district are affected by low rainfall.
Non-provision of proper amount of water has started to irk
peasants. In some areas such as Huma and Burupada, farmers have demonstrated at
local offices of the Irrigation Department. Former deputy speaker of State
Assembly Ram Chandra Panda says unless government comes out with some remedial
measures for farmers, it may lead to law and order situation in some areas.
He says it was high time to distribute whatever water is
available through irrigation systems.
Paddy cultivation has been worst affected due to low
rainfall. According to the Agriculture Department data, this year low rainfall
in the beginning of kharif season affected paddy cultivation in four blocks of
the district. But paddy cultivation in other blocks also got affected as proper
rainfall did not occur in subsequent months. It is estimated that no
cultivation could be taken up in around 13,000 hectares of agricultural land in
During his recent visit to the district, State Revenue
Minister Surya Narayan Patra also admitted the agricultural loss due to low
rainfall and drought-like situation in the district. This year, the crop loss
assessment will be made by taking panchyats as units rather than blocks so that
more peasants who are likely to suffer crop loss could be benefited, he says,
adding that efforts are on to save existing paddy crop in Ganjam through lift
irrigation system. Ten thousand lift irrigation points will be repaired and
renovated on a war-footing.
Source: The Hindu, 17th
Withdrawal of Monsoon
The withdrawal started from west Rajasthan on 23rd September with a
delay of more than 3 weeks as the normal date of withdrawal from extreme
western parts of Rajasthan is 1st September. Subsequently, it withdrew from
most parts of northwest India and some parts of west Uttar Pradesh on 26th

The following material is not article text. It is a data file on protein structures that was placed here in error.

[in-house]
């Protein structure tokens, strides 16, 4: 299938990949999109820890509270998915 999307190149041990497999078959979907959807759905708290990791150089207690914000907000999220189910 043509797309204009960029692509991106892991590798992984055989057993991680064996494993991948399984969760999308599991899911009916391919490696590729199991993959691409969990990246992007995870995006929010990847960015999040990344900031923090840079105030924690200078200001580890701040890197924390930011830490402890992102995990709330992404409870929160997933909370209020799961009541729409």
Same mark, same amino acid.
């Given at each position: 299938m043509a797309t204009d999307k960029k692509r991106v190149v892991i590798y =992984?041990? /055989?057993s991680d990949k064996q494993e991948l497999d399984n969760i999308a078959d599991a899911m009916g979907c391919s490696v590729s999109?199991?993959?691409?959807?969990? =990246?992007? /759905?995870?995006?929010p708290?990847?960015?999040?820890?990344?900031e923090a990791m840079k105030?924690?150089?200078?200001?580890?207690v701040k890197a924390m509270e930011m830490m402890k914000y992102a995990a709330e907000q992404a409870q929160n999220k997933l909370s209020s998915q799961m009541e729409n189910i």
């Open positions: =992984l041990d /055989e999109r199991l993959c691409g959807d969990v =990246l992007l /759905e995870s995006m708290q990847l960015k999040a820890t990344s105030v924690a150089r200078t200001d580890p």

September and from most parts of Uttar Pradesh, some parts of Madhya Pradesh and some more parts of Gujarat
state on 28th September. On 30th Sept. it further withdrew from some
more parts of Uttar Pradesh and Madhya Pradesh. As on 4th October, The
withdrawal line of monsoon continues to pass through Lat. 27.0°N / Long.
84.0°E, Balia, Umaria, Jabalpur, Indore, Baroda, Veraval, Lat. 21.0°N / Long.
65.0°E and Lat. 21.0°N / Long. 60.0°E.
The cumulative season rainfall from 1st June to 30th September 2011 was
excess in 7 meteorological subdivisions (21% of the total area of the country),
normal in 26 meteorological subdivisions (71% of the total area of the country)
and deficient in 3 meteorological subdivisions (8% the total area of the
country). The sub-divisional cumulative season rainfall distribution is shown
in Fig.4. Three subdivisions (Arunachal Pradesh, Assam & Meghalaya, and
NMMT) from the eastern part of the country recorded deficient rainfall.The monthly rainfall over the country as a
whole during the season is given below:
Water Initiatives Odisha (WIO) is a state level
coalition of civil society organisations, farmers, academia, media and other concerned,
which has been working on water, environment and climate change issues in the
state for more than two decades now.